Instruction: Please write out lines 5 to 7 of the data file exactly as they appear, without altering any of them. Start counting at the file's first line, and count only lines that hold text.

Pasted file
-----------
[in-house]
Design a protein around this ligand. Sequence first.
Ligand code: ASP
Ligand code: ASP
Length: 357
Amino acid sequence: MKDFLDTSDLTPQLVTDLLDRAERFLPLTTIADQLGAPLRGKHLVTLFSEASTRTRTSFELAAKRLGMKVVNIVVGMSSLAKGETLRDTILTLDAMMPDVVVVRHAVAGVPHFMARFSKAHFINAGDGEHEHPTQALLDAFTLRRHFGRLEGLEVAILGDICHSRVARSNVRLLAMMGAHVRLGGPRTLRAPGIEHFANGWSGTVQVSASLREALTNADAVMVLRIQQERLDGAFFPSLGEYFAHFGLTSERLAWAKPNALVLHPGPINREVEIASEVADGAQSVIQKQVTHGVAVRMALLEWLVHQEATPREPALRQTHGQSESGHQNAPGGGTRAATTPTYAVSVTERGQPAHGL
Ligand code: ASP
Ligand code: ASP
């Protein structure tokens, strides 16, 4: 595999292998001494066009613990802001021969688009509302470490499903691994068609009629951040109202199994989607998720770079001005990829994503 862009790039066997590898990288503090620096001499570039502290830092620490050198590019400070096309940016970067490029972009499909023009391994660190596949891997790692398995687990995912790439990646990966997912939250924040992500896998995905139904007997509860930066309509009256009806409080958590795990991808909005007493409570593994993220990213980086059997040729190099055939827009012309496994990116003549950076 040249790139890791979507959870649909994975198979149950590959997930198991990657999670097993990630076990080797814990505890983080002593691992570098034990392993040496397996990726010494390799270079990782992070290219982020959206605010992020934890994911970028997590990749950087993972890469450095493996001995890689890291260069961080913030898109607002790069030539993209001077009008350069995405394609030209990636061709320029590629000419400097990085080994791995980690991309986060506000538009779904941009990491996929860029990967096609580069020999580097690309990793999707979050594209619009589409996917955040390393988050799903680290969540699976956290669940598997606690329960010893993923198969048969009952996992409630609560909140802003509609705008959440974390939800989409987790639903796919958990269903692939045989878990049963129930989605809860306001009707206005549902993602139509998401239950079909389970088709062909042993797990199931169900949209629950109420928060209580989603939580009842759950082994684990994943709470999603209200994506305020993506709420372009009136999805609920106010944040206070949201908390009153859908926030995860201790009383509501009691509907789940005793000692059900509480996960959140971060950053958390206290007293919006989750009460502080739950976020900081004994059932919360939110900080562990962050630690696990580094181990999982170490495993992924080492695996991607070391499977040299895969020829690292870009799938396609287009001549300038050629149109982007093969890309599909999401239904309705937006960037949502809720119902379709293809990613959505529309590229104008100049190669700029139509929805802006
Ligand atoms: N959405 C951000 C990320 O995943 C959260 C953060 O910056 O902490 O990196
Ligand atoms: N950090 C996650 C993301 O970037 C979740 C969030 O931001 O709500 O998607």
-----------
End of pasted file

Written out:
Length: 357
Amino acid sequence: MKDFLDTSDLTPQLVTDLLDRAERFLPLTTIADQLGAPLRGKHLVTLFSEASTRTRTSFELAAKRLGMKVVNIVVGMSSLAKGETLRDTILTLDAMMPDVVVVRHAVAGVPHFMARFSKAHFINAGDGEHEHPTQALLDAFTLRRHFGRLEGLEVAILGDICHSRVARSNVRLLAMMGAHVRLGGPRTLRAPGIEHFANGWSGTVQVSASLREALTNADAVMVLRIQQERLDGAFFPSLGEYFAHFGLTSERLAWAKPNALVLHPGPINREVEIASEVADGAQSVIQKQVTHGVAVRMALLEWLVHQEATPREPALRQTHGQSESGHQNAPGGGTRAATTPTYAVSVTERGQPAHGL
Ligand code: ASP